Lost prescription pills can cause a number of problems. If they end up in the wrong hands, they can result in accidental poisoning. They can lead to drug abuse, and eventually addiction as well.

The Risk of Abuse

There is always the risk of drug abuse when potentially addictive medications are not disposed of properly. Most people get their prescriptions, take their medicine, and then stop taking it when they no longer need it. But there are those who remember what it felt like when they were taking those drugs.

Schedule 1 substances are classified that way for a reason. They have the potential for abuse, and it is very easy to become addicted to them.

Keeping these dangerous substances in your home is never a good idea. No one should risk the possibility of someone they love – or even themselves – becoming addicted.

The Risk of Overdose

Prescription drug overdose continues to be a serious problem in the United States. According to The National Institute on Drug Abuse:

  • In 2017, there were more than 72,000 deaths because of drug overdoses.
  • The sharpest increases were among those related to Fentanyl and synthetic opioids.
  • More than 49,000 people died from opioid overdoses in 2017.
  • This means that between 2002 and 2017, there was a 4.1-fold increase.
  • About 19,000 of these deaths were from non-methadone synthetic opioid pain relievers.
  • There was a 1.9-fold increase in the number of deaths between 2002 and 2011.
  • Almost 30,000 people lost their lives to Fentanyl overdoses in 2017.
  • Between 2002 and 2017, this is a 22-fold increase.

The reality is that anyone can get their hands on prescription drugs when they are left unattended. That also means that anyone – young or old – can take them and purposefully or accidentally overdose. It is best to dispose of them properly, and this event provides the best opportunity to do so.

What is the Drug Disposal Act?

Because of skyrocketing overdose rates, the United States government felt the need to address the issue through the Drug Disposal Act. The DEA made the final ruling available for public view in September of 2014.

The Drug Disposal Act amended the Controlled Substances Act, which gives the DEA authority to create new regulations allowing for the safe and effective disposal of prescription drugs. The goal of this act is to encourage people and businesses to develop varying methods of collection.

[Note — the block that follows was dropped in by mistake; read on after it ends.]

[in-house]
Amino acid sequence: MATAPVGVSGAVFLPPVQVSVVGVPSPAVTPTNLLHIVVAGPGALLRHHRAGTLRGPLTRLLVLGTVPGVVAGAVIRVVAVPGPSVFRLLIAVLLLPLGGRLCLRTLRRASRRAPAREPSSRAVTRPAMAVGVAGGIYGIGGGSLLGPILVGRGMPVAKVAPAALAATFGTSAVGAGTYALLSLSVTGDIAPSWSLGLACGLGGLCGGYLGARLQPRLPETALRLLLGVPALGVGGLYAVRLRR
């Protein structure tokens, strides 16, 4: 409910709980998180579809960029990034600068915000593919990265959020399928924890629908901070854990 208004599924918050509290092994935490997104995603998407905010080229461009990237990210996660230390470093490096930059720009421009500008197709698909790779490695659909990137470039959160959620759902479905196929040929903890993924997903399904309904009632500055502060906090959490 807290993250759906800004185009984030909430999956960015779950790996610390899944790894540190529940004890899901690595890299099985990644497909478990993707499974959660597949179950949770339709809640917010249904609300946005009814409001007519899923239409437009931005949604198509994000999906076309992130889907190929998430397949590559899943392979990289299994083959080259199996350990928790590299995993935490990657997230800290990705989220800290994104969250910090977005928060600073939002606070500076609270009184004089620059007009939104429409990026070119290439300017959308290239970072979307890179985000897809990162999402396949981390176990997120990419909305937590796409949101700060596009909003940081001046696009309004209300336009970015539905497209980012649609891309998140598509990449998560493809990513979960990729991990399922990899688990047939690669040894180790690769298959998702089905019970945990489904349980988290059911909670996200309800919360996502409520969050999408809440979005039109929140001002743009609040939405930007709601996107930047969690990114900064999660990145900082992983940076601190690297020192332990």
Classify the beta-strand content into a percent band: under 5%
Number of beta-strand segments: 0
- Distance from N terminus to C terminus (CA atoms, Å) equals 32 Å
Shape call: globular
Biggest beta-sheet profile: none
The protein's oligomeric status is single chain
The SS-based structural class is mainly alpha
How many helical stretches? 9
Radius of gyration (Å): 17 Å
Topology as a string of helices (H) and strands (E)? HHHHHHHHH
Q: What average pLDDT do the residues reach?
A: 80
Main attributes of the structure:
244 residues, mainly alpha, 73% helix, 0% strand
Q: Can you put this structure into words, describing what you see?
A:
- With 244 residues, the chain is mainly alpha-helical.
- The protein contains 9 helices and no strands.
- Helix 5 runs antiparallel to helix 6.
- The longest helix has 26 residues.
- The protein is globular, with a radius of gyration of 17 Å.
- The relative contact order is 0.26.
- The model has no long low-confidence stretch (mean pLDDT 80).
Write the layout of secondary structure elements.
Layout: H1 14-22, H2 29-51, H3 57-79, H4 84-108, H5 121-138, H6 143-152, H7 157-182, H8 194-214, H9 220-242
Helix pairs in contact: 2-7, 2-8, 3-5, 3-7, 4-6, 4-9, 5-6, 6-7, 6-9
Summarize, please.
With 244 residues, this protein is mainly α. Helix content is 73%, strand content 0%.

Prior to this change, there were limited ways to get rid of prescription drugs. Many people simply flushed them down the toilet or threw them in the garbage. Today, there are many more options that are much safer for the public in general.

If you would like to learn more about the Drug Disposal Act, please see the General Public Fact Sheet the FDA has made available.

What Types of Medications Should be Brought to Take-Back Days?

You can bring any type of prescribed medication to National Prescription Drug Take-Back Day. The only things that cannot be accepted include:

  • Liquid medications
  • Patches
  • Needles
  • Sharps

Some examples of drugs that you may have in your home and want to dispose of properly include:

What Types of Drugs are Not Collected at These Events?

It is important to note that this event is only for prescription medications. It is not a place where you can dispose of unused over the counter drugs, such as caffeine pills, NSAIDS, aspirin, or cold and cough medicine.

For information on how to dispose of OTC medications properly, please refer to the drug’s specific packaging. You can also ask at your local pharmacy, and they should be able to direct you.

Also, these events are not places where you can dispose of any illicit drug that is not being used. This includes any of the following:

What Can You do to Promote National Prescription Drug Take-Back Day in Your Area?